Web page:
Defense Media Network

“31-Knot” Burke Gets His Nickname: The Battle of Cape St. George

The American goal of isolating the main Japanese military base at Rabaul on the island of New Britain came a step closer with the amphibious assault of Bougainville on Nov. 1, 1943. In response, the Japanese commanders at Rabaul ordered naval personnel stationed at the air base on Buka Island, just north of Bougainville, evacuated and replaced with army troops. A five-ship convoy composed of destroyer-transports Yuguri, Uzuki, and Amagiri, escorted by destroyers Makinami and Onami was dispatched under command of Capt. Kiyoto Kagawa. Alerted by U.S. Navy intelligence, on Nov. 24, 1943, theater naval commander Adm. William Halsey ordered nine PT boats to guard Buka Passage, which separated Buka from Bougainville, and sent Capt. Arleigh Burke, the commander of the five-ship Destroyer Squadron 23 (DESRON 23), to intercept the convoy.

“An almost perfect surface action.”

U.S. Naval War College

Burke was new to the command, having assumed it on October 23. He received his orders while his ships were refueling at New Georgia Island, approximately 300 miles southeast. Burke was told to top off his ships’ bunkers and proceed with all due speed to the intercept point “Point Uncle.” The Fletcher-class destroyers of DESRON 23 (Charles Ausburne (flag), Claxton, Dyson, Converse, and Spence) had been in constant action since September, and were overdue for maintenance. As a result, Burke knew his ships were incapable of reaching their top rated speed of 38 knots. Accounts vary regarding Burke’s message to Halsey on that subject, with some claiming he sent a message before proceeding to Point Uncle, others after, and variations of the speed itself. Most accounts state his slowest ship was the Spence, capable of 31 knots. That was the speed referenced when Burke sent his message to Halsey. Regardless, it was Halsey’s response that gave Burke his famous nickname:

Capt. Arleigh Burke

U.S. Navy Capt. Arleigh A. Burke, commander DESRON 23 (seen in profile, left center) reading on the starboard bridge wing of his flagship, the USS Charles Ausburne (DD 570), during operations in the Solomon Islands, ca. 1943. Notice the DESRON 23 “Little Beaver” insignia painted on the ship’s bridge wing. U.S. Naval Historical Center photo


While counting on surprise, Burke also had three advantages going into battle. The Navy’s Bureau of Ordnance, after much prodding by COMSUBPAC Vice Adm. Charles Lockwood, had finally fixed the bugs plaguing the Navy’s torpedoes. He also had a viable combat naval radar doctrine that was the result of brutal lessons learned in the Solomons campaign. The third advantage was more personal. During the Battle of Blackett Strait in March 1943, Burke served as a destroyer captain in Task Force 68. Though an American victory, Burke came away frustrated. The task force commander did not inform his ship captains of his intentions until just before the battle commenced. Burke was determined that his captains would know his exact thoughts well before battle. Though individual engagements would contain relevant specifics, Burke’s standing order in all cases was: “Destroyers to attack on enemy contact WITHOUT ORDERS from the task force commander.”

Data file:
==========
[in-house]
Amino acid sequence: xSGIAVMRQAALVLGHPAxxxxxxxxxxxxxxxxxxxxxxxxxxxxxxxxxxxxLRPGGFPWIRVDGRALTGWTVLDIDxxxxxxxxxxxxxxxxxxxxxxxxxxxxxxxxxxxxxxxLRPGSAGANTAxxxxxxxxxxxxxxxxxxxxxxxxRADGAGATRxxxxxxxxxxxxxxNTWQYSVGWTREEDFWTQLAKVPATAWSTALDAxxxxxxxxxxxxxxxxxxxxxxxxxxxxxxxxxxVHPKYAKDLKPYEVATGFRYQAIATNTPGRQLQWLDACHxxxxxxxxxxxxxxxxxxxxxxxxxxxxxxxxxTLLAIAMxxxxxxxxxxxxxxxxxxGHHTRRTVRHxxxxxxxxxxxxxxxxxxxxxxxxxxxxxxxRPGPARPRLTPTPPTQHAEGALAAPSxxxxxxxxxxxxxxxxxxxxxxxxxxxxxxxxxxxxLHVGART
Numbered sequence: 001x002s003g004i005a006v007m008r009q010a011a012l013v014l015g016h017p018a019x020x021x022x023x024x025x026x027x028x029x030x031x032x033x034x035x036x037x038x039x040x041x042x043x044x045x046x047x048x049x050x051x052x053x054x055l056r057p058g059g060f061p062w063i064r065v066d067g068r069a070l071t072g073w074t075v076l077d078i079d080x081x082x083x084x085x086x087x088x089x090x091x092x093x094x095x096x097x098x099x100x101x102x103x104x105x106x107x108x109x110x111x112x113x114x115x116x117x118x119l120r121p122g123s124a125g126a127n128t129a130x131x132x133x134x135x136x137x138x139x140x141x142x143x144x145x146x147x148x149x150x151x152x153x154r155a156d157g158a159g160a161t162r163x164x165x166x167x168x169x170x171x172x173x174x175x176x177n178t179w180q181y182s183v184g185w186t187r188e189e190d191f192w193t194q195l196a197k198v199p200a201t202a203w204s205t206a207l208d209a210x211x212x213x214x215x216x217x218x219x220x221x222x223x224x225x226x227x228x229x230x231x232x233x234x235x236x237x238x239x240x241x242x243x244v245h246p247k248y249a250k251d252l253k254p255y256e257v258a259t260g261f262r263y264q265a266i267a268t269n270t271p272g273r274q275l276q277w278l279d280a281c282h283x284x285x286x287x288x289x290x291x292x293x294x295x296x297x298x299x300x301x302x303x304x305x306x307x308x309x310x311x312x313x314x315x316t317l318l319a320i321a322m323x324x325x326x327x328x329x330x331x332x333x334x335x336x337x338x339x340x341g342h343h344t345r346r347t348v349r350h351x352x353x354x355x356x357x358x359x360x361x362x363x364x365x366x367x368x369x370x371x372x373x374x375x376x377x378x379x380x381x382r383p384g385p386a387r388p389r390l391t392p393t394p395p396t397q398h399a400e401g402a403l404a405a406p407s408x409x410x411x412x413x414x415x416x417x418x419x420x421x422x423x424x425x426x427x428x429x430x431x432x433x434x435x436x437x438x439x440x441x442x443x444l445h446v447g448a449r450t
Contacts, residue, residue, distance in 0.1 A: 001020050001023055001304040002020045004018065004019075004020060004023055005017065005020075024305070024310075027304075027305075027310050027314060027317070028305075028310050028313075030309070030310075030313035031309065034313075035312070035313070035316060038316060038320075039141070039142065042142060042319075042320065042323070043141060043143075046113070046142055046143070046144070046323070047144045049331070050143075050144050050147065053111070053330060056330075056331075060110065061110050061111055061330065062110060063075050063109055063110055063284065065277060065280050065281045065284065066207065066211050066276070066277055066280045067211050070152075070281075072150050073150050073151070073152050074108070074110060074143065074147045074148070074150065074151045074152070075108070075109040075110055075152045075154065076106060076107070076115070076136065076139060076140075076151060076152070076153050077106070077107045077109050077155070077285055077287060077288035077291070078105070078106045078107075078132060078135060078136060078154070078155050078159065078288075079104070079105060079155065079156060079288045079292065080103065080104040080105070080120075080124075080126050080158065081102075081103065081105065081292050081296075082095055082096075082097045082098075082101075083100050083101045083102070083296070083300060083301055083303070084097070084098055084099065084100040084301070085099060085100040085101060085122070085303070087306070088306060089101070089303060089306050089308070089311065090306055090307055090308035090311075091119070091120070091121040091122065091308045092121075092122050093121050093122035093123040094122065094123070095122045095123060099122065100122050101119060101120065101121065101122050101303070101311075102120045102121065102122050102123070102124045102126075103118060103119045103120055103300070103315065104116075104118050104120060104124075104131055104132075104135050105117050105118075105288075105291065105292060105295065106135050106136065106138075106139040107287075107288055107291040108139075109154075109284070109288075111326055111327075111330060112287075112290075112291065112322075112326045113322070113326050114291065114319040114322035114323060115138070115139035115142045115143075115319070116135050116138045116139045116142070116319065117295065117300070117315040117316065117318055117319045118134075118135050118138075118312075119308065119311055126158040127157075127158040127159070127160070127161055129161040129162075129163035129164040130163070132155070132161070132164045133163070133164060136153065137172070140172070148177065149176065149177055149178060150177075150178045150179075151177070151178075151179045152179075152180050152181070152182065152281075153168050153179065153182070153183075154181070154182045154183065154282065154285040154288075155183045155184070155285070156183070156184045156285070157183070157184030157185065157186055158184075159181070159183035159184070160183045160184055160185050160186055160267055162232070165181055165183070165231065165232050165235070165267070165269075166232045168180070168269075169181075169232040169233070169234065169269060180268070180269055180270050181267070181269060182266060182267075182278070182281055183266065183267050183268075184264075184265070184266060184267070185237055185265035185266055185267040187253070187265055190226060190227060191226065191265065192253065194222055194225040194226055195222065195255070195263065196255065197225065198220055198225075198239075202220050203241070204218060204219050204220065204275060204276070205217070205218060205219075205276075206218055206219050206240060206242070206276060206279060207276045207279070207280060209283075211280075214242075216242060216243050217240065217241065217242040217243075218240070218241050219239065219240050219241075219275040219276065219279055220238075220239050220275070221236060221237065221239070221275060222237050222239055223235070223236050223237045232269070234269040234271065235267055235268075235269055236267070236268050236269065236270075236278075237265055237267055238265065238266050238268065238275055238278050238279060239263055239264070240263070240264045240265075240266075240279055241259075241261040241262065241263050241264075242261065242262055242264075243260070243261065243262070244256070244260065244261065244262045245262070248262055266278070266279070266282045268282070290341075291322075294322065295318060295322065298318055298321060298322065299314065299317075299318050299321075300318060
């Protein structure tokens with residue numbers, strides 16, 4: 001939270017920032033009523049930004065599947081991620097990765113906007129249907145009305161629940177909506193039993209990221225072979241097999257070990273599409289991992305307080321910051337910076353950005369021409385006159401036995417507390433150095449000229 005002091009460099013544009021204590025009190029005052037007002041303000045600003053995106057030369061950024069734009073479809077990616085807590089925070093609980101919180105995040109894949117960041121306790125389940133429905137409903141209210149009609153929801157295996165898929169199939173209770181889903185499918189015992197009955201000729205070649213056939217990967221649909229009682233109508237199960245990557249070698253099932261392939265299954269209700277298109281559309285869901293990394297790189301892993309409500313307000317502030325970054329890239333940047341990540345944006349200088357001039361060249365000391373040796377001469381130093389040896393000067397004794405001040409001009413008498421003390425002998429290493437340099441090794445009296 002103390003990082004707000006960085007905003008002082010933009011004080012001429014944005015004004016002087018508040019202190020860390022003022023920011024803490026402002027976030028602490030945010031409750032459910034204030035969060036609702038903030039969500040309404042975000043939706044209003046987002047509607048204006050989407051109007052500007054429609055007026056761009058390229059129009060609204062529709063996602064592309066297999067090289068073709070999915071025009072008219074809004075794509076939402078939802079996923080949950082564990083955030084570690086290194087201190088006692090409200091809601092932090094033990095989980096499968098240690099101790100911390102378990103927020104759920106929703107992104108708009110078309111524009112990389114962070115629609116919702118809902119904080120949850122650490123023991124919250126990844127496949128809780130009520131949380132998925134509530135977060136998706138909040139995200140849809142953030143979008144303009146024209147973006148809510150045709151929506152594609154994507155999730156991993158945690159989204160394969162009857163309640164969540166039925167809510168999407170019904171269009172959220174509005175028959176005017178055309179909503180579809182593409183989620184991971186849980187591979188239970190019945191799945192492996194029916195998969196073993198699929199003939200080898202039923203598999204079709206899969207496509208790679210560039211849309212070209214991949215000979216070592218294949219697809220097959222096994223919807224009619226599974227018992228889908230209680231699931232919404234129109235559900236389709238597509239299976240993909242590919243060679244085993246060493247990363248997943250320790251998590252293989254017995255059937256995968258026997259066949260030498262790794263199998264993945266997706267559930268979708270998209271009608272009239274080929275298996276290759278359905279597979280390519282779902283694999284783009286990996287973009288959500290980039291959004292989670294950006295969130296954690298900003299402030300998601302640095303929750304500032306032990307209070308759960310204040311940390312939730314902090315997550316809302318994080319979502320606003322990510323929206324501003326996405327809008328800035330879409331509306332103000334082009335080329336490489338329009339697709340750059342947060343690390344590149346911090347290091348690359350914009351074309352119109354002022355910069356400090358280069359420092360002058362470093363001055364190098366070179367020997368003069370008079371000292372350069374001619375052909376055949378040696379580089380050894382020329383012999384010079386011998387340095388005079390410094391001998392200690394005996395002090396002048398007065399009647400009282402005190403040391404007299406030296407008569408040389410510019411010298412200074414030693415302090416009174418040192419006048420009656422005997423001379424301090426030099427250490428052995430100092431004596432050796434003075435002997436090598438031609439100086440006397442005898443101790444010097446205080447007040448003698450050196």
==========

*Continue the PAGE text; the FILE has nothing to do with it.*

“Destroyers to attack on enemy contact WITHOUT ORDERS from the task force commander.”

DESRON 23’s nickname was the “Little Beavers.” It was bestowed by Burke following an inspection of the Claxton where he saw that a torpedoman had drawn on the side of the torpedo mount the image of Little Beaver, the young Indian sidekick of Red Ryder, the hero of a popular comic strip and radio show character. Burke incorporated the image into the squadron’s logo, thus giving DESRON 23 one of the most famous nicknames in the war.

Kagawa’s convoy had successfully landed the troops and was in the process of returning to Rabaul when at about 0141 on Thanksgiving Day, November 25, the Dyson made radar contact on the Japanese destroyers Onami and Makinami. Burke later recalled the night was overcast and moonless, “An ideal night for a nice quiet torpedo attack.” Guided by radar, the ships closed to within 5,500 yards before unleashing a salvo of fifteen torpedoes. Hit by several torpedoes, the Onami promptly sank. The Makinami was heavily damaged and sunk by gunfire.


The Japanese destroyer Amagiri escaped the fate that befell three of her fellow Japanese destroyers during the Battle of Cape St. George, but was later sunk by a naval mine off of Borneo on April 23, 1944. Amagiri was also the destroyer that collided with PT-109, skippered by Lt. j.g. John F. Kennedy. U.S. Naval Historical Center photo

The chase was now on to catch the fleeing destroyer-transports. Burke managed to catch and sink the Yuguri and damage the Uzuki, which along with the untouched Amagiri, escaped. The U.S. Naval War College used the Battle of Cape St. George in its curriculum for many years and called it, “An almost perfect surface action.” It was the last engagement of surface warships in the Solomons Campaign and the last run of the Tokyo Express. DESRON 23 would receive the Presidential Unit Citation for its role in the action, the only destroyer squadron in the war to be so honored. Burke would stay in the Navy after the war, serve in Korea, reach the rank of admiral and serve three terms as Chief of Naval Operations before retiring in 1961.

DESRON 23 would receive the Presidential Unit Citation for its role in the action, the only destroyer squadron in the war to be so honored.

YouTube contains a U.S. Navy Heritage Mini-Series video about the Battle of Cape St. George under the title Thirty-One Knot Burke.


DWIGHT JON ZIMMERMAN is a bestselling and award-winning author, radio host, and president of the...